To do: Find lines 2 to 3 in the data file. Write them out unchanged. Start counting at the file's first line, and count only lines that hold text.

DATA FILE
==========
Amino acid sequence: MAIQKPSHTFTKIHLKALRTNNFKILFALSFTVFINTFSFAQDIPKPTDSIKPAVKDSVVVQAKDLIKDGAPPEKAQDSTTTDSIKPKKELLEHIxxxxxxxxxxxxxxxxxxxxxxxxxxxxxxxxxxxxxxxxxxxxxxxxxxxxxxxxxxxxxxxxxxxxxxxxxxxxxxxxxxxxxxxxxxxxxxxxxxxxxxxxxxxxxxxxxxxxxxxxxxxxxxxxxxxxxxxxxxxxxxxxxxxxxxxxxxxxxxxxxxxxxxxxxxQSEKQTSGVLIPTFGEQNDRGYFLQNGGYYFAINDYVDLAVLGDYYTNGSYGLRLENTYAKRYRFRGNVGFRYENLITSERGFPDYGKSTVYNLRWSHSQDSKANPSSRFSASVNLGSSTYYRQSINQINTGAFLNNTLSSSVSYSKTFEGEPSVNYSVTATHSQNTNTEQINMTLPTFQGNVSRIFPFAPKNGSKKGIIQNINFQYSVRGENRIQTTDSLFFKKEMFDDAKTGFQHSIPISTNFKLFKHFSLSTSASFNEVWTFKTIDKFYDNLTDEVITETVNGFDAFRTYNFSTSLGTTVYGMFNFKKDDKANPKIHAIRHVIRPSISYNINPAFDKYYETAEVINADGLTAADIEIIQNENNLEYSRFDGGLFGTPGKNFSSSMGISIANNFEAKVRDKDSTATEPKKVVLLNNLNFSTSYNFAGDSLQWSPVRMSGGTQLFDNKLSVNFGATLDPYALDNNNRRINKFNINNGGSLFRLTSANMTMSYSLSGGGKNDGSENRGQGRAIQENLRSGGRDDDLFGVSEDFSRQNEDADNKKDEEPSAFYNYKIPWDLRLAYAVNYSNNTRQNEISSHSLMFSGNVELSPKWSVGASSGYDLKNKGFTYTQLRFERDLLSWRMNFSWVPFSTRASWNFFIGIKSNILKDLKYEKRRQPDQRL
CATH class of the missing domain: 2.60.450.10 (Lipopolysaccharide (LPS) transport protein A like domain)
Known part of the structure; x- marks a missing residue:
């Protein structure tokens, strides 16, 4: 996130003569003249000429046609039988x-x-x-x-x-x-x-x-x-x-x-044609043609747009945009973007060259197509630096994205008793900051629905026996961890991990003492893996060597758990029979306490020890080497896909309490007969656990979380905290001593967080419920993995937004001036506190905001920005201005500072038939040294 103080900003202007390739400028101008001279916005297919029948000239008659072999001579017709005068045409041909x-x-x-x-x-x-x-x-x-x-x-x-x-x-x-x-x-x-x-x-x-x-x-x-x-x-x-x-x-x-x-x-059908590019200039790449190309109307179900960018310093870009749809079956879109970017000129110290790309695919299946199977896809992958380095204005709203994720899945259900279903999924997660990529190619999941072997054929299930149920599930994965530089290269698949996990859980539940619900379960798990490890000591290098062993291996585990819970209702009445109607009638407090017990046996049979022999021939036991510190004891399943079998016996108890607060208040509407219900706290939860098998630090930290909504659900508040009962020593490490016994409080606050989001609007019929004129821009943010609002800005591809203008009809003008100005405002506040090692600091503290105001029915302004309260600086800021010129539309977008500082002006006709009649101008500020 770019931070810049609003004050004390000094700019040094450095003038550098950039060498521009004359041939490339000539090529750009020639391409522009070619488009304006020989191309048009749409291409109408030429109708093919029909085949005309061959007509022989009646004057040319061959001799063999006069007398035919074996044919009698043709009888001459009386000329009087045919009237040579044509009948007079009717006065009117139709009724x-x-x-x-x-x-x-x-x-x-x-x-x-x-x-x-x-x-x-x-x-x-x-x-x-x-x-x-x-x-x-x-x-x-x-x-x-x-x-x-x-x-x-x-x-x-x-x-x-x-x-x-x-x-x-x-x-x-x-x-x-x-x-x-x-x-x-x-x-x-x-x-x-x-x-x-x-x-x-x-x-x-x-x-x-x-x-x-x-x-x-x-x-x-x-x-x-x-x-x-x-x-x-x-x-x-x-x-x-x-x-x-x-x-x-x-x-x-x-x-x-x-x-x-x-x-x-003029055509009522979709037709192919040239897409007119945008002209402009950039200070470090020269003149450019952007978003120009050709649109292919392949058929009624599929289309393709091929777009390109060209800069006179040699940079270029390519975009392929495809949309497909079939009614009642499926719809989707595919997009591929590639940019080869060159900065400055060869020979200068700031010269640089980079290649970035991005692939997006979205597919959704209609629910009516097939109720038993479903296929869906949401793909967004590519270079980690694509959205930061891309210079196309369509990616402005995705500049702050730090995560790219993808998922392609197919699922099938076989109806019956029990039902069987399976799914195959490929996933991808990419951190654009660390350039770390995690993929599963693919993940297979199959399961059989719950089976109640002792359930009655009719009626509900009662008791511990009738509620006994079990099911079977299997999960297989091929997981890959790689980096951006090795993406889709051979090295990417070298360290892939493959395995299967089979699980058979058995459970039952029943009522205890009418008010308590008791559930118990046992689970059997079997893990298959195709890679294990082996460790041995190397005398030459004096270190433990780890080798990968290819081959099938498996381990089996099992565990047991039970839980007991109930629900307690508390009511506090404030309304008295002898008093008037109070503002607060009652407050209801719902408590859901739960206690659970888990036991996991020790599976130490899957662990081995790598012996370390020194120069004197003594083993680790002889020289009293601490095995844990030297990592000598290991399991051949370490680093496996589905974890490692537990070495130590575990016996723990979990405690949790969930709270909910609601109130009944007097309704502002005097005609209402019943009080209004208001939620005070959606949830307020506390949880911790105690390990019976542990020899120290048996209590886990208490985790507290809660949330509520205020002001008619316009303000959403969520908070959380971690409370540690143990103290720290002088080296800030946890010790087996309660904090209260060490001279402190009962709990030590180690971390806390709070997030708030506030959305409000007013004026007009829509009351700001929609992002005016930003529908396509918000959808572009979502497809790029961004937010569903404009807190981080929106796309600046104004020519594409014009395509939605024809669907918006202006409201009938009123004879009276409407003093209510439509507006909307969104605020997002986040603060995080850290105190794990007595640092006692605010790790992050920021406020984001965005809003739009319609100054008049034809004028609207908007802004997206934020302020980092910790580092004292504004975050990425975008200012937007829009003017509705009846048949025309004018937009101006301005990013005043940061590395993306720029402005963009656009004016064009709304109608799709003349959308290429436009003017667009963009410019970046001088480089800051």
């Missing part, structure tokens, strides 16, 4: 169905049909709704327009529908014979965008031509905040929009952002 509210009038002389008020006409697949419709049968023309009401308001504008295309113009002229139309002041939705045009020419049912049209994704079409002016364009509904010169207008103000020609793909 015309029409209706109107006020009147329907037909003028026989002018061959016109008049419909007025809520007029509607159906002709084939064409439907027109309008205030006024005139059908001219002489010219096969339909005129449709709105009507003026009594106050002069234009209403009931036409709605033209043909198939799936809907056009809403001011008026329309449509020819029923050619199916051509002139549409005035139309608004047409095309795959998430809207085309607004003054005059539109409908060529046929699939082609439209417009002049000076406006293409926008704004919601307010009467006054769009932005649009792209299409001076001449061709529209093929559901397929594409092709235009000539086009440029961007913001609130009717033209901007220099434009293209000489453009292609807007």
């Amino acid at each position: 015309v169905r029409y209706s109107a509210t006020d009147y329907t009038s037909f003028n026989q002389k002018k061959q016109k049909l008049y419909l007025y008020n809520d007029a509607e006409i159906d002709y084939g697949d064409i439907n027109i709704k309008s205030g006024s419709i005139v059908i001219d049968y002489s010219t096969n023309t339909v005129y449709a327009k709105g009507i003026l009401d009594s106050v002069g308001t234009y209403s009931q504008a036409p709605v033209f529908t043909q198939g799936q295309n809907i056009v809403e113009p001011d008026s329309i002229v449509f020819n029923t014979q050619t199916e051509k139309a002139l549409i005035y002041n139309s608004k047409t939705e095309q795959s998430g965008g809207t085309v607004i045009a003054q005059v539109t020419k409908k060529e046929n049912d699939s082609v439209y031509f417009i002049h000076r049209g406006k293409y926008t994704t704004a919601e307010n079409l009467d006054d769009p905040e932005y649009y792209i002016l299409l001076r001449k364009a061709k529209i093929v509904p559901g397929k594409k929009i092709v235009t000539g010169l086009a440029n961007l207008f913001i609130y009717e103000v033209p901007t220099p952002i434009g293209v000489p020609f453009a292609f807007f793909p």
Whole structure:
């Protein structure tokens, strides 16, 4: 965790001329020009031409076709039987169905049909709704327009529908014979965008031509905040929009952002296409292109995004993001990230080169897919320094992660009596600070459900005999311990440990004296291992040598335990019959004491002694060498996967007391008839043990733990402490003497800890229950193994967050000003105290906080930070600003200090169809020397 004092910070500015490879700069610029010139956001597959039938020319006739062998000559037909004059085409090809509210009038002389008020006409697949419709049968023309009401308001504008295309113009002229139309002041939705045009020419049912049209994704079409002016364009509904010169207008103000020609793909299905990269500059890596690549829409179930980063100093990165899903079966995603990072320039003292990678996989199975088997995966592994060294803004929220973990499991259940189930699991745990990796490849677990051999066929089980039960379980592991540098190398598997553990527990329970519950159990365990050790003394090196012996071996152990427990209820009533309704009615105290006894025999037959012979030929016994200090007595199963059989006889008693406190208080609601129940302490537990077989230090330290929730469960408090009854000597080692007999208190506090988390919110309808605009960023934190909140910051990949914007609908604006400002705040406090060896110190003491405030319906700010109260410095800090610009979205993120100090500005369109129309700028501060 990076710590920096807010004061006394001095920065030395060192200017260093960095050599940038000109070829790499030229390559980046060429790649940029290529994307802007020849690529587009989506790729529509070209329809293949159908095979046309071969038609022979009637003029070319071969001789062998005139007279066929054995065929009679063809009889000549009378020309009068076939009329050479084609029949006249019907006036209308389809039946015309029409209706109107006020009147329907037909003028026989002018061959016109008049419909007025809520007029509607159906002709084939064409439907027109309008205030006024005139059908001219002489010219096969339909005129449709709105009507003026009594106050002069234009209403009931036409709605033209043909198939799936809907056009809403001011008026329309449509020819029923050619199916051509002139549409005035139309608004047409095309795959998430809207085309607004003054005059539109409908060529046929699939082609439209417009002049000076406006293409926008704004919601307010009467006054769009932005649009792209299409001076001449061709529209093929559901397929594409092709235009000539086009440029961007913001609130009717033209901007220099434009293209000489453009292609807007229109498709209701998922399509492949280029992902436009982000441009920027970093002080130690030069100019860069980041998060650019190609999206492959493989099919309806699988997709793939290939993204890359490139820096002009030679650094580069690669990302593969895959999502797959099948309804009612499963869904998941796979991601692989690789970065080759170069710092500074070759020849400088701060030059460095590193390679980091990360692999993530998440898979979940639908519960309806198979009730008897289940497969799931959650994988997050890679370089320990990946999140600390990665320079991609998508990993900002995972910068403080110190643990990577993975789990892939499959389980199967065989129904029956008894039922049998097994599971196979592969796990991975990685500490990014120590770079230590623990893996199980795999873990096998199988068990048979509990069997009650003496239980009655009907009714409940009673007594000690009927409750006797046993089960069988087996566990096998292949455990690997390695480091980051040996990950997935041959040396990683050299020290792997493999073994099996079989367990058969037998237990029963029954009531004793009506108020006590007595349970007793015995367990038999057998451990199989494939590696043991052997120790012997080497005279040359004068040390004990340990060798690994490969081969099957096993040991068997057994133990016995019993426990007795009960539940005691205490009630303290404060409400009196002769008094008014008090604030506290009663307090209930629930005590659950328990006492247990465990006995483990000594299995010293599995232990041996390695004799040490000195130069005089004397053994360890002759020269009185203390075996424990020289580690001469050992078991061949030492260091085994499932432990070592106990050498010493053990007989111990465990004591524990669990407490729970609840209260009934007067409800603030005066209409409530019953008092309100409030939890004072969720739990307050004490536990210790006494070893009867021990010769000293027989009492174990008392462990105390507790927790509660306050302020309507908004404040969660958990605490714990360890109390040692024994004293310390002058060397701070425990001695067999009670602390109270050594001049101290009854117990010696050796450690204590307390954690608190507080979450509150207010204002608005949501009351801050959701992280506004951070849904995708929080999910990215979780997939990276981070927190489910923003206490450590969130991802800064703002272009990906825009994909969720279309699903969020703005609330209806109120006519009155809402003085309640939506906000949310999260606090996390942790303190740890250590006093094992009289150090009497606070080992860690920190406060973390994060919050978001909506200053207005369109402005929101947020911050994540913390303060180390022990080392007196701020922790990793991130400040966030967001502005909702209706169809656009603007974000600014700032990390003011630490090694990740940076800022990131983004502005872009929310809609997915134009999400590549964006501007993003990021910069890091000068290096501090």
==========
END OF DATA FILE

CATH class of the missing domain: 2.60.450.10 (Lipopolysaccharide (LPS) transport protein A like domain)
Known part of the structure; x- marks a missing residue: